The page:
Ruth Wallace's They Call him Pastor examines the pressing problem of priestless parishes. With the advent of Vatican II, lay persons were elevated to a more active, responsible level, to shore up the priest shortage worldwide (pg. 9).
Hinging on Wallace's original work on women religious and married women heading parishes, she pinpoints the emphasis of this current book: Is the nonhierarchical/collaborative leadership the hallmark of the laity in general or of women in particular? Hence, the focus of the study centers on the impact of married male leadership on Roman Catholic parishes.
The paramount strength of this book lies in its fascinating detail. A researcher could literally use it to design a similar study, from the in-depth, over-the-shoulder approach Wallace lays out. All the while, she reminds the reader of the unforgettable words of Fr. Joseph Fitzpatrick, S.J., who said he wished to "contribute to the unfolding of the mysteries of God's creation" (pp. 27 & 33). This clearly remains her goal as well.
There is a chapter devoted to each segment of the church. Parish leadership is analyzed first. The sense of distance and separation of some priests is not apparent in most lay leaders, which is something those interviewed strongly appreciated. The words "collaborative leadership" came up often in association with parish work. Along these lines, inequality issues are tackled — nonwhite lay ministers and deacons and women called to ordination on various levels arise again and again in their struggles to be "on par" with white males. The new lay leader approach is sometimes termed the "servant process," a process of listening and dialogue (pg. 75) — inclusion and empowerment.
The pastors' wives, while a real asset to their respective parishes, were mostly well educated working professionals in their own right. Hence, the myth of the church supporting a "one-earner" family of the parish leader is entirely dispelled.
A common strand running among the pastors' children who were interviewed was the expectation by parishioners in general that these kids had to be perfect. Flaws could never even be admitted, much less exposed. Because of the low salaries of their fathers, the reality was that many worked to contribute to their own college fund as well as to family expenses. That they simply wished to be viewed as human comes as no real surprise.
The section on parishioners compares them with a "flower that is opening and closing" (pg. 140). This is equated with prayer as a community on the one hand, and outreach to the community on the other.
The chapter on priests as sacramental ministers is subtitled "Uncharted Territory." Priests take their Eucharistic role very seriously, most viewing it as the only portion of their work restricted to them, and for which they have a strong calling. It is clear from the interviews and anecdotes that the way this works best is for both the priest and the pastoral administrator/parish leader to share the duties on the altar and treat one another equally. Those priests who come in and appear to know what's "best" for the faith community rarely do, and are often resented for being "distant" and pushing the already established leadership aside. The other note on priests is that it is apparent that most of them are worn down by the shortage. They are on the road much of the time, and feel as if it is impossible to "be there" for their various parishes. This is a message that comes through loud and clear from one interview to the next. It is a sad, reoccurring theme, only further validating the necessary role of pastoral administrators.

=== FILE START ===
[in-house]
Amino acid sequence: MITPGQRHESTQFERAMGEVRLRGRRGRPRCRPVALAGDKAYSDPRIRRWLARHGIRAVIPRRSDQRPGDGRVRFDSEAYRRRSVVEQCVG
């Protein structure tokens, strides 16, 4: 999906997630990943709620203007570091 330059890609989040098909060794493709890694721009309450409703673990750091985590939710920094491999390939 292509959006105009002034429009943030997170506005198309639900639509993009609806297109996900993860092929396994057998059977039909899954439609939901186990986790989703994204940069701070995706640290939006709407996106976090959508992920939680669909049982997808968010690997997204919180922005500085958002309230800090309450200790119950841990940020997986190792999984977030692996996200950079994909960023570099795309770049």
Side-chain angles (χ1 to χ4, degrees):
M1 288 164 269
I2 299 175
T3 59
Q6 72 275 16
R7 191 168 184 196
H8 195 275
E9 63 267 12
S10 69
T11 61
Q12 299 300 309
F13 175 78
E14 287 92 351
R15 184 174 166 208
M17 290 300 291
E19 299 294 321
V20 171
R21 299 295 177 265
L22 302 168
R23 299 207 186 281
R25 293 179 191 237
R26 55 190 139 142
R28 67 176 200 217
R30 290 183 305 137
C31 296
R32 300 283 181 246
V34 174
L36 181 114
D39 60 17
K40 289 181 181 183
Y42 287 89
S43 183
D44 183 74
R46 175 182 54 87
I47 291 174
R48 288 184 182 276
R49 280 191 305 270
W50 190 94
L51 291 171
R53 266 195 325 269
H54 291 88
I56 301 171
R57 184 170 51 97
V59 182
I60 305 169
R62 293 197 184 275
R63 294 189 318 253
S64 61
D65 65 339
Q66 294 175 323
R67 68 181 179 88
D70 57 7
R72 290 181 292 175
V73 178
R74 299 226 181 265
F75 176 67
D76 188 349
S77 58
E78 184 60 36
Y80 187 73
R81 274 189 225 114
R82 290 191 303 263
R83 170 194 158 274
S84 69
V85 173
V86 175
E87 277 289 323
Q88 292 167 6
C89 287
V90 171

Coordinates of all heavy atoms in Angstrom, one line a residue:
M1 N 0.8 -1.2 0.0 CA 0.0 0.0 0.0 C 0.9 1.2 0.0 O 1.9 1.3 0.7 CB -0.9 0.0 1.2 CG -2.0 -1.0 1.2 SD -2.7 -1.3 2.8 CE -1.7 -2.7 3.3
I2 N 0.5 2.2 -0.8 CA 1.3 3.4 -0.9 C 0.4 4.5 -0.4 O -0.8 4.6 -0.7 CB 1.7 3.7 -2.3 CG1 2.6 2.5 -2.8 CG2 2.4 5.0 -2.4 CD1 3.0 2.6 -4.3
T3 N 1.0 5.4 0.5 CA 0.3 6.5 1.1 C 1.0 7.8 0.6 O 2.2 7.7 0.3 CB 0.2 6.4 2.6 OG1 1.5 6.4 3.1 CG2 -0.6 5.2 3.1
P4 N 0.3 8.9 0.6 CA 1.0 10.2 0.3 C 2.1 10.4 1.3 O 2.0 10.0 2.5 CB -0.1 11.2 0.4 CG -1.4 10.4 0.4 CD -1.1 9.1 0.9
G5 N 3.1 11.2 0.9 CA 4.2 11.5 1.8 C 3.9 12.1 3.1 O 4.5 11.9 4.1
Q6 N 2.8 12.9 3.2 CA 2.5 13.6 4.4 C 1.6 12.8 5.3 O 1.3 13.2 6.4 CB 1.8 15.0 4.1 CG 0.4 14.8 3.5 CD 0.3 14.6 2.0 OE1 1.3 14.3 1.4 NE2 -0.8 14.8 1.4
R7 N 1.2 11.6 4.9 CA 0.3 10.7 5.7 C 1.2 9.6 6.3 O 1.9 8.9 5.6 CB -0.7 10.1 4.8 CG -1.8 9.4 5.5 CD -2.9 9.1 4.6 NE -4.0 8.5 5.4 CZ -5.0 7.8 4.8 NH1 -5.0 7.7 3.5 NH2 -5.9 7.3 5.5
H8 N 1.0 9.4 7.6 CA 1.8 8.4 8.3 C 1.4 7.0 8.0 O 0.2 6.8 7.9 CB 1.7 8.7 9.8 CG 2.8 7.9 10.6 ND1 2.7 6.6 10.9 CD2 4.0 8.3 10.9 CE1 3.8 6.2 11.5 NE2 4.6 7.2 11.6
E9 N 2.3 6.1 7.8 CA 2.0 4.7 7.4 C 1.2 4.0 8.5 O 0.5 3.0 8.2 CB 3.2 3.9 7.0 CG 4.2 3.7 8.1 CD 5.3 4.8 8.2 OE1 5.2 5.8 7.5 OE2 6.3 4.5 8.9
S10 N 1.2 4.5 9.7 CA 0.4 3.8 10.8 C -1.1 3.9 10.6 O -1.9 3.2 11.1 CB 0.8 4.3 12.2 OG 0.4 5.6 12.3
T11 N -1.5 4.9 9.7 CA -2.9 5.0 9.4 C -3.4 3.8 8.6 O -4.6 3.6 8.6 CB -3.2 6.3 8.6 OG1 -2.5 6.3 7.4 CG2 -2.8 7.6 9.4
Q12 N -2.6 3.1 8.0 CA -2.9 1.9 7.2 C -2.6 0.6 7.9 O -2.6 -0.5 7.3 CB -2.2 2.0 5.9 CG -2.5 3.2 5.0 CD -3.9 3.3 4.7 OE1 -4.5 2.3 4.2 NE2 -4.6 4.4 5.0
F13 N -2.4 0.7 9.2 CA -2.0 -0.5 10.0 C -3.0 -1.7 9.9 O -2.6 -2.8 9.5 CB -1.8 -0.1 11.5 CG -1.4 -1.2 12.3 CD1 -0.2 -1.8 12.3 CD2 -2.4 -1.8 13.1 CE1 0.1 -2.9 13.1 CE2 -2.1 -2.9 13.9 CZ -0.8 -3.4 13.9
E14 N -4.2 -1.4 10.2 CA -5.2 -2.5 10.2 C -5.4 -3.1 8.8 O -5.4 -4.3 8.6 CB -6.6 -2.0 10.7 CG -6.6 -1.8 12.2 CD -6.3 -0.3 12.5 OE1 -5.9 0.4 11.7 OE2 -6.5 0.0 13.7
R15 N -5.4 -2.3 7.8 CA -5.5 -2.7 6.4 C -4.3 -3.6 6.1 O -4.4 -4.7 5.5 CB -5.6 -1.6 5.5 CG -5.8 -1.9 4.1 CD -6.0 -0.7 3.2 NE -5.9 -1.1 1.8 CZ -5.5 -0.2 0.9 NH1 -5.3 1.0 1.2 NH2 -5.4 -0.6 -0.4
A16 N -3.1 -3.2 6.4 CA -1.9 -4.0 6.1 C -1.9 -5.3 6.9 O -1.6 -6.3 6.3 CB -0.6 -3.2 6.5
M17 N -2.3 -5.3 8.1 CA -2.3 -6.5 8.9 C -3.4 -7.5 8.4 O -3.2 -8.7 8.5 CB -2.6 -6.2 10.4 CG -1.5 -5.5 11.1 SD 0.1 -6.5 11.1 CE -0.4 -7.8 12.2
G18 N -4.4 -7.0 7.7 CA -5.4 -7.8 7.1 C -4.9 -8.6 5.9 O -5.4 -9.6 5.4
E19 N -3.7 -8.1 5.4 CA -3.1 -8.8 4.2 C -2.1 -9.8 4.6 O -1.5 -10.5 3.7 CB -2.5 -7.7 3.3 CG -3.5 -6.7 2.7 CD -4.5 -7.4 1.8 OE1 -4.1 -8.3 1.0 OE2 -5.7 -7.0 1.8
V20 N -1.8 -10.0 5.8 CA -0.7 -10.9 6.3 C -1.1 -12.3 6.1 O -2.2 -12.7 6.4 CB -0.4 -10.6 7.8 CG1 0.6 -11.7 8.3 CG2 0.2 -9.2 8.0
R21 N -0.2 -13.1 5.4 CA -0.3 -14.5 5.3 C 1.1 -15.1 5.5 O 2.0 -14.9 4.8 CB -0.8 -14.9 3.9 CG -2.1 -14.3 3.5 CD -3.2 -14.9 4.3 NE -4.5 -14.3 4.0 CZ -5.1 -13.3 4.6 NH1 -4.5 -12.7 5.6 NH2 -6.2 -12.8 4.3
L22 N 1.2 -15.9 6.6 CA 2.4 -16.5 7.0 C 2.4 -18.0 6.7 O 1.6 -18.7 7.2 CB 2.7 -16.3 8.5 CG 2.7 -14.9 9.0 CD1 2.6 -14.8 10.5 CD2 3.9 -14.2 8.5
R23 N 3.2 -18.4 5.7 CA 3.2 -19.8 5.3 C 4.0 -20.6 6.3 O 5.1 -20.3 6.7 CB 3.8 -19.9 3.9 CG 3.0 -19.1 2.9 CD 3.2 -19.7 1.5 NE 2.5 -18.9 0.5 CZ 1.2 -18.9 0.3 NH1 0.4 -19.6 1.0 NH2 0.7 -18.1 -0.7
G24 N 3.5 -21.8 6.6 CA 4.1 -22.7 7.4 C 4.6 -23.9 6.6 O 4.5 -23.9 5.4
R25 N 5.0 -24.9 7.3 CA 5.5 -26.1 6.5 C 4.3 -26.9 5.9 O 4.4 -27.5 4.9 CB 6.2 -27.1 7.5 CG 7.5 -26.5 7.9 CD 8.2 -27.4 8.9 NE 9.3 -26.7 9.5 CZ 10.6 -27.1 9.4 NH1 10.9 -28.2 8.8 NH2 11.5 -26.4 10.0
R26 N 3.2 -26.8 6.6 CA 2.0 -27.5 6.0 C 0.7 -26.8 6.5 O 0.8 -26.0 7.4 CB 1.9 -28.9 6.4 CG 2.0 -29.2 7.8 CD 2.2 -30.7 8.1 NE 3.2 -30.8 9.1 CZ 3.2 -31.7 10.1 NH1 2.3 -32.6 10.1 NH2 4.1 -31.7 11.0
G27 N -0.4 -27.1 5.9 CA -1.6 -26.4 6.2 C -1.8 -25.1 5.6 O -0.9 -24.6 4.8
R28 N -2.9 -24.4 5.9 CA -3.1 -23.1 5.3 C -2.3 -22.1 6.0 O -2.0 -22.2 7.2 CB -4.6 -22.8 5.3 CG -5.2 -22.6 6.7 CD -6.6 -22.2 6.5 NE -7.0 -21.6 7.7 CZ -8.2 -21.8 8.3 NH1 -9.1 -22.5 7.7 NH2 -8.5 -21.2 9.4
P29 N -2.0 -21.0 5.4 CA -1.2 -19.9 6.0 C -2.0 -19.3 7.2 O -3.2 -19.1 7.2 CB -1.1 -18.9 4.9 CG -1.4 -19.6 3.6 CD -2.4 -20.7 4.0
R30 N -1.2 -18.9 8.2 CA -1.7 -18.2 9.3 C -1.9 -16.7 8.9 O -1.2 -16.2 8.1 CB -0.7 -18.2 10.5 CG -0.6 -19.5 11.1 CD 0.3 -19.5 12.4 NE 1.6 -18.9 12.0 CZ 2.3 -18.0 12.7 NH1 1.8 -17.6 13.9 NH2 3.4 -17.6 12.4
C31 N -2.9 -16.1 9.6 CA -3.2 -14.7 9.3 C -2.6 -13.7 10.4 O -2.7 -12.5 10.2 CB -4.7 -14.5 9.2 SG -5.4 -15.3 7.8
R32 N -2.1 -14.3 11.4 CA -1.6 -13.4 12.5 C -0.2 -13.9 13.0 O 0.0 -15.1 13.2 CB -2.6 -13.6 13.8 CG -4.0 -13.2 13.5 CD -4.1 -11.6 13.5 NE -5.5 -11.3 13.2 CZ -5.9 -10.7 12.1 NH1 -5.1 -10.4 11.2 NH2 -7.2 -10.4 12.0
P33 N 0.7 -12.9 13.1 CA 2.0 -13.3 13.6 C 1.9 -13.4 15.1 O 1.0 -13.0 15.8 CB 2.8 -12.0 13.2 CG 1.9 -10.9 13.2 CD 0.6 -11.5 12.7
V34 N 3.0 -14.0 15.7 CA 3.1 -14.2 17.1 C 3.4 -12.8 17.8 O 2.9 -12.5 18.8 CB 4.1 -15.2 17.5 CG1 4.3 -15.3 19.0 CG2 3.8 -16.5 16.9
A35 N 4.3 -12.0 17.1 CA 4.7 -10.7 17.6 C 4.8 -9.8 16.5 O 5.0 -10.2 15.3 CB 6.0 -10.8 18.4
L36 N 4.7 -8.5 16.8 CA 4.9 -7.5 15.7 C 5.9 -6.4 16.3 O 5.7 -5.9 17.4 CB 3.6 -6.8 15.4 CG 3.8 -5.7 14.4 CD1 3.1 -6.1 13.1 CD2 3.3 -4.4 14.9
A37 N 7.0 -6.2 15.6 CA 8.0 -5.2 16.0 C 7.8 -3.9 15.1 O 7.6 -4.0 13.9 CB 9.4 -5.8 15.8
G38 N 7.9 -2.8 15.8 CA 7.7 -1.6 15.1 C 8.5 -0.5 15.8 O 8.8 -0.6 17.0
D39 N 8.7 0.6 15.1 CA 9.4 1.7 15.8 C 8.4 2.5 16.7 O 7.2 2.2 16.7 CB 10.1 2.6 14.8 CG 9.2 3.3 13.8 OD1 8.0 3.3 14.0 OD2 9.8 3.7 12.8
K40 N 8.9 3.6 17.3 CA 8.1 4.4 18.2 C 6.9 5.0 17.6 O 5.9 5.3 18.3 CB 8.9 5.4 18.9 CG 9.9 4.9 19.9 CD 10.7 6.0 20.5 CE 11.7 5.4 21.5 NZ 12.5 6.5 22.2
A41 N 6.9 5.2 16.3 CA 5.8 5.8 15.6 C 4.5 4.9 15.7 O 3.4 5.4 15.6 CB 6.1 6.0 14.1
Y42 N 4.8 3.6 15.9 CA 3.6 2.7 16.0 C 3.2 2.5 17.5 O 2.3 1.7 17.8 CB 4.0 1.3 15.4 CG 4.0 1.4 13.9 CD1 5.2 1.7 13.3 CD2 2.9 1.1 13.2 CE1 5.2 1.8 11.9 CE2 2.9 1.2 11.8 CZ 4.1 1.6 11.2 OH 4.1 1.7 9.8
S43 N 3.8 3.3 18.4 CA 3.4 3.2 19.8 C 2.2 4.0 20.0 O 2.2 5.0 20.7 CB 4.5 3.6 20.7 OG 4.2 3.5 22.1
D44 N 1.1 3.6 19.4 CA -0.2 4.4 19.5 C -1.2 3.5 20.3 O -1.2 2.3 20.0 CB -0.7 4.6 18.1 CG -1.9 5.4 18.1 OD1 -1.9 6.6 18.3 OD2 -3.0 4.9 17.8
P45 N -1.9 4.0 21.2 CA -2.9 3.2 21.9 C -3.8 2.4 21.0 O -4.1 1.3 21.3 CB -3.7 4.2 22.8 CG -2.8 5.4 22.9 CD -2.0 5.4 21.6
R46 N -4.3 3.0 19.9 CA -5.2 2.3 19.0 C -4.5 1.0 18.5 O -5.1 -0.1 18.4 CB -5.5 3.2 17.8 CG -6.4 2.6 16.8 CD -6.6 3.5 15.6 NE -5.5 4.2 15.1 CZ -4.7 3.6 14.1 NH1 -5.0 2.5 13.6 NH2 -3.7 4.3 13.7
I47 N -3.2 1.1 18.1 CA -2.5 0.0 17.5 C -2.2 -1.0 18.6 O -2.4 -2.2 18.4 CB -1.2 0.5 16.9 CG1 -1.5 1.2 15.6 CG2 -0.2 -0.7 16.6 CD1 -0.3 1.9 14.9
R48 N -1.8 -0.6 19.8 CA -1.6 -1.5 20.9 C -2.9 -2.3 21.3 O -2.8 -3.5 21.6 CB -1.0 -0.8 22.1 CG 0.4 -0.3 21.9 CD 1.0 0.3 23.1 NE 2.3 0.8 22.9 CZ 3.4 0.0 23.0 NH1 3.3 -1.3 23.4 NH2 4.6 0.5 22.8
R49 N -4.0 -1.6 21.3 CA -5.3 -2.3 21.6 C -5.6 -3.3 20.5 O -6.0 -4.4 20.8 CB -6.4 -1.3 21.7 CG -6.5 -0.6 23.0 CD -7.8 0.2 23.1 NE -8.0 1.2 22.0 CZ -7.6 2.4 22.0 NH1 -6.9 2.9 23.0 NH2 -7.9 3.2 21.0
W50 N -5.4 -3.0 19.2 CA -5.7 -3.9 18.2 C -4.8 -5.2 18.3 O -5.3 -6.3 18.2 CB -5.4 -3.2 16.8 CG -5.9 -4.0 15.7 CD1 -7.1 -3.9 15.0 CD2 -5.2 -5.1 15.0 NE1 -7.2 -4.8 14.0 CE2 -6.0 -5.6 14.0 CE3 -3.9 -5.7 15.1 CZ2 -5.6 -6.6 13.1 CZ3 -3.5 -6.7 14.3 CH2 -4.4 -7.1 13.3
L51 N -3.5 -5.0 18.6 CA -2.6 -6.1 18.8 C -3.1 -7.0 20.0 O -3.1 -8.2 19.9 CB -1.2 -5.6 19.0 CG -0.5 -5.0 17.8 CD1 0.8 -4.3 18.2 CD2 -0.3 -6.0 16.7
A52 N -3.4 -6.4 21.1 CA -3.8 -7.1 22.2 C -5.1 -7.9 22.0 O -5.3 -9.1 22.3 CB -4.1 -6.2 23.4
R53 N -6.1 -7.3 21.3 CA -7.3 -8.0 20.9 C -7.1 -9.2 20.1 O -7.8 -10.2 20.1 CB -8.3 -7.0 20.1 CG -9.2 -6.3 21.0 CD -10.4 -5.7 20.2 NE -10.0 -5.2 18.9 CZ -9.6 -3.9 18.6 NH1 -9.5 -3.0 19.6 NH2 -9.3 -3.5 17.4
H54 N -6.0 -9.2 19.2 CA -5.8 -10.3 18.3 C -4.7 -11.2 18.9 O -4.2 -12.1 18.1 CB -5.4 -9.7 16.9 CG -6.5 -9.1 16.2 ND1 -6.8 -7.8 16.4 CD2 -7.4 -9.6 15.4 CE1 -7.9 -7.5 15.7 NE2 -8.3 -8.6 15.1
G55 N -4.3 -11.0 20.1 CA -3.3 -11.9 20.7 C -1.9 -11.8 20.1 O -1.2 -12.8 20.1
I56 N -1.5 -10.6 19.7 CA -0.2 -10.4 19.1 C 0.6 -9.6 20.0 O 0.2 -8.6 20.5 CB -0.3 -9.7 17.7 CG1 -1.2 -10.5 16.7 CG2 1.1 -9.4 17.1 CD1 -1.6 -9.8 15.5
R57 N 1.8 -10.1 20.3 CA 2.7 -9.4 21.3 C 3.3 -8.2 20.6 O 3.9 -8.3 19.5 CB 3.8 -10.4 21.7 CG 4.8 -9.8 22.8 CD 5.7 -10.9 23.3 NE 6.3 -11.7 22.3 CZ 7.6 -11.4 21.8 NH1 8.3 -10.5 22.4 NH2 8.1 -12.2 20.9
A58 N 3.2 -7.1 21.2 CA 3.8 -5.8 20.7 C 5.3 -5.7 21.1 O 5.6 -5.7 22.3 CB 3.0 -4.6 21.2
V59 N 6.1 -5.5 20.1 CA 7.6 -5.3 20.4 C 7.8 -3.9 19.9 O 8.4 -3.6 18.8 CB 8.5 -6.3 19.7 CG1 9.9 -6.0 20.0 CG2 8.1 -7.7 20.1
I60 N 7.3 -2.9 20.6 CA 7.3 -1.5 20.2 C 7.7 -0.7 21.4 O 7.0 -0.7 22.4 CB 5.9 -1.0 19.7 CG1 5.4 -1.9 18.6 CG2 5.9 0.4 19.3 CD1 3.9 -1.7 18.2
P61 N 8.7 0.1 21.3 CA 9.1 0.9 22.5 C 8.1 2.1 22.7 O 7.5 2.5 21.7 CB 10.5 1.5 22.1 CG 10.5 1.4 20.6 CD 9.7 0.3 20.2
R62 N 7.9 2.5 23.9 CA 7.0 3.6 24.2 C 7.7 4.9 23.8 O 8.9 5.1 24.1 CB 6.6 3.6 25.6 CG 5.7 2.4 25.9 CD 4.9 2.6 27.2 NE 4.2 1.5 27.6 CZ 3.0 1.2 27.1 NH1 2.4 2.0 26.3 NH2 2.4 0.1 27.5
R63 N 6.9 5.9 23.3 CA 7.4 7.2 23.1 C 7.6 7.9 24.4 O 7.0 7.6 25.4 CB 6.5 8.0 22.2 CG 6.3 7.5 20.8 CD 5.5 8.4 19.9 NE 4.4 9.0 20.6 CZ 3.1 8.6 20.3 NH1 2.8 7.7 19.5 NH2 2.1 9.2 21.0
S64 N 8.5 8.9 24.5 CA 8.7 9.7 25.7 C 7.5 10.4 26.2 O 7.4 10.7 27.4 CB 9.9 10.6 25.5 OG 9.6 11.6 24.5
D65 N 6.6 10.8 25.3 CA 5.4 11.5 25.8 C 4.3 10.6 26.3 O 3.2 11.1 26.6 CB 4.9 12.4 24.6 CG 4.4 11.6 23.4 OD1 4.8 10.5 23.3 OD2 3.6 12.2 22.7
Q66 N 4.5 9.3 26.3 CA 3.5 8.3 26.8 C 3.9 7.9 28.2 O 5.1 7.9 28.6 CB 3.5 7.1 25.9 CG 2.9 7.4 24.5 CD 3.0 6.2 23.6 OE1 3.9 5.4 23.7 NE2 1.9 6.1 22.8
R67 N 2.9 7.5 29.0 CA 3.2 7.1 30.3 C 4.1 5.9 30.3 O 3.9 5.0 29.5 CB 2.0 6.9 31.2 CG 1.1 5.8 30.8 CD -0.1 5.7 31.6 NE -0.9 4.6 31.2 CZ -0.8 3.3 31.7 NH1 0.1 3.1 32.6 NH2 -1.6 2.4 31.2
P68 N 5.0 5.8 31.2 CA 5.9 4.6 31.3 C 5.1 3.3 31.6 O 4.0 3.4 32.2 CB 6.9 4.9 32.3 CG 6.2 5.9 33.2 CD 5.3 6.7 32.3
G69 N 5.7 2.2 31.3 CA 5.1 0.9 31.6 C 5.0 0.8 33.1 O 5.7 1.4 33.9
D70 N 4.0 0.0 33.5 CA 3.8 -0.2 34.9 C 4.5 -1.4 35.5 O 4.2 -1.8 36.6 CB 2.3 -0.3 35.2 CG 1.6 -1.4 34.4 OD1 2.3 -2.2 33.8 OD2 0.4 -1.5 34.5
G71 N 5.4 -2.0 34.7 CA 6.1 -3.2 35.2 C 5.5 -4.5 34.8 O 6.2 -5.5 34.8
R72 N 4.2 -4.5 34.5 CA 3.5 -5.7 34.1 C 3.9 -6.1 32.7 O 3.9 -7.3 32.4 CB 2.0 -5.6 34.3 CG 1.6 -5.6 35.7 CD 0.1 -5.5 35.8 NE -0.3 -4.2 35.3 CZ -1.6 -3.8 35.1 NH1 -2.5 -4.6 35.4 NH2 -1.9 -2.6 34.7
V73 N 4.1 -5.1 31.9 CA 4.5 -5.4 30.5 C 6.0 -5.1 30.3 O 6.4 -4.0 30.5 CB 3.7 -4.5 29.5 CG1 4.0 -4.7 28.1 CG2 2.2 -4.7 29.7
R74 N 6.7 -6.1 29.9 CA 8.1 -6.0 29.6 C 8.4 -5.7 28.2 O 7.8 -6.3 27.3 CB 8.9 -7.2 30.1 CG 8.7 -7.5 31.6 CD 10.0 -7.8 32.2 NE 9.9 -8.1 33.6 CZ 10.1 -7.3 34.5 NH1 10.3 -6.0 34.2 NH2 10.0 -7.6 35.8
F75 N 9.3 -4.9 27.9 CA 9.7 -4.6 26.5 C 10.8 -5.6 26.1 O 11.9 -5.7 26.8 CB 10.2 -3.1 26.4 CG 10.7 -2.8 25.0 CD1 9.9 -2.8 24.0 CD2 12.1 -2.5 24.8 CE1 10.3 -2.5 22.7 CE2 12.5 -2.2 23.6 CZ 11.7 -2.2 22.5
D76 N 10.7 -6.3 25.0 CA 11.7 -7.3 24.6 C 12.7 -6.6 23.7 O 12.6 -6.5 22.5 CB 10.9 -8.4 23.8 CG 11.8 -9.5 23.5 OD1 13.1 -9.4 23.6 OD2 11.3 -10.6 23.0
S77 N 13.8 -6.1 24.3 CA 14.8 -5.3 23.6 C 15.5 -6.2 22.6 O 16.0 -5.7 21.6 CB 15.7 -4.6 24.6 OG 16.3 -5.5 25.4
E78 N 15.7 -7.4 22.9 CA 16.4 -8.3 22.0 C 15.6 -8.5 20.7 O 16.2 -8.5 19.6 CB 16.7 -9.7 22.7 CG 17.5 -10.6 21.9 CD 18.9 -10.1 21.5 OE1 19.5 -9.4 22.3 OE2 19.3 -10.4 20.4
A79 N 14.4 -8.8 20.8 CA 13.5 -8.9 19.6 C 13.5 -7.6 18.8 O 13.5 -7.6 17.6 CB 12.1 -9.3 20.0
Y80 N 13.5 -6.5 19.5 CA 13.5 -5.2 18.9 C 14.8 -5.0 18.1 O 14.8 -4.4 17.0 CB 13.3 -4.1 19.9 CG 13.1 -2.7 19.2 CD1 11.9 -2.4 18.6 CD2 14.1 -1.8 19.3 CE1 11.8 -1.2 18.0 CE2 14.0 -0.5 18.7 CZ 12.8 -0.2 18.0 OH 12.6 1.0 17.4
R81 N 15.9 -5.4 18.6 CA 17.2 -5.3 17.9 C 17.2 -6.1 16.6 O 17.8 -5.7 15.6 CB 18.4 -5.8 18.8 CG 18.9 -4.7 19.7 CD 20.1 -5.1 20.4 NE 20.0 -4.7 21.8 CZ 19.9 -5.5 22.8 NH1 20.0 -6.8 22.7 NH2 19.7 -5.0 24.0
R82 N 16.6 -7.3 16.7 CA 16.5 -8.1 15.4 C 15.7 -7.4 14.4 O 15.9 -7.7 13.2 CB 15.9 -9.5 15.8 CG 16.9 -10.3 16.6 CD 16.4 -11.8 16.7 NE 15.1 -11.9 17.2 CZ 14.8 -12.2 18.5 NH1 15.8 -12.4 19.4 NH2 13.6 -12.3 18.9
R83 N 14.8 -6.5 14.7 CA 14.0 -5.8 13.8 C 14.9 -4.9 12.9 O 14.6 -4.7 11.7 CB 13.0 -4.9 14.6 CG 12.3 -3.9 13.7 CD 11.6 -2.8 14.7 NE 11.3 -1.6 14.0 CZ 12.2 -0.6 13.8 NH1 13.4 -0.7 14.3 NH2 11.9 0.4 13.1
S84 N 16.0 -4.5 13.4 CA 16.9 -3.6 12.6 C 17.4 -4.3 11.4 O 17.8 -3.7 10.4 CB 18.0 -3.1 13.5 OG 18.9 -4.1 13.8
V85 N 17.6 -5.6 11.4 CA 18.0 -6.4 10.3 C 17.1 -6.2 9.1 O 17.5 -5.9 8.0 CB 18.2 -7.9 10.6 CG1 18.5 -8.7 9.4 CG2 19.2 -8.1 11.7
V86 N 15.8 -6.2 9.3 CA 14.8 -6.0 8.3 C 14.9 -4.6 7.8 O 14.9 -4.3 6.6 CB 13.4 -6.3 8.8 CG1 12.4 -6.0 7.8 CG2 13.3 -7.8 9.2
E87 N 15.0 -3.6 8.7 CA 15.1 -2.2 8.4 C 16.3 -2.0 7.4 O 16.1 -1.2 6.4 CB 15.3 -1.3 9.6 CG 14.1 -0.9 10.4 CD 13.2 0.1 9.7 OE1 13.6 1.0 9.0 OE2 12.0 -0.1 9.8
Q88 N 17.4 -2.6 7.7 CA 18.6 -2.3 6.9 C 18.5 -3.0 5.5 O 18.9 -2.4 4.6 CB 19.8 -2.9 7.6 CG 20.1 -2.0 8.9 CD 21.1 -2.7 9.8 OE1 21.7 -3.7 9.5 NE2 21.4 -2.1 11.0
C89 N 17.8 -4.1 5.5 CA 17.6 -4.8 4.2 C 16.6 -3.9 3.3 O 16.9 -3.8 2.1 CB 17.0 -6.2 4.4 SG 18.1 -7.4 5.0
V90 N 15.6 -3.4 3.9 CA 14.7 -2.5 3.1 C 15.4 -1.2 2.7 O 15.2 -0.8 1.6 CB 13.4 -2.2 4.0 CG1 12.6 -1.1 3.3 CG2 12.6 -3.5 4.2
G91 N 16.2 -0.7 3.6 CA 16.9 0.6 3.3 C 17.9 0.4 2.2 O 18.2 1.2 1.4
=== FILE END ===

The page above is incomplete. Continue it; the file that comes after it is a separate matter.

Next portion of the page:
Finally there are data about bishops. The cautionary tale concerned adequate preparation of parishes and assessment of the "right" kind of parishes for this kind of transition, away from a priest pastor to a married lay leader (usually someone who had performed leadership roles in that same parish long prior to this appointment).
One bishop made a striking remark to the children of the parish leader during their father's installment. He said he expected everybody "should get into a little bit of trouble every single day. Not the kind that hurts anybody... but just lets people know you are around. It's the same for your folks..." (pp. 232-233). This was a public statement to the entire parish of immense support and understanding. In the end, it set people straight where expectations were concerned.
In sum, "the parishes portrayed in this book are evidence that another form of leadership is not only available, but it can also be instrumental for the healthy continuation of parish life in the United States" (pg. 254). The final observation of Wallace is that, with time, "married priests will... receive full acceptance as pastors" (pg. 255). A new form of the Catholic Church is perhaps on the not-too-distant horizon.
For the reasons articulated earlier and many more, this is a powerful, heartening read. One final note of suggestion would be to point out the instructive nature of the actual interview schedule used by Wallace (at least selective, indicative questions) formulated for each group. Judging by the outcome, the data appear rich in nature, intimating that the questions from which they were drawn were well-shaped, intriguing, and especially thought-provoking.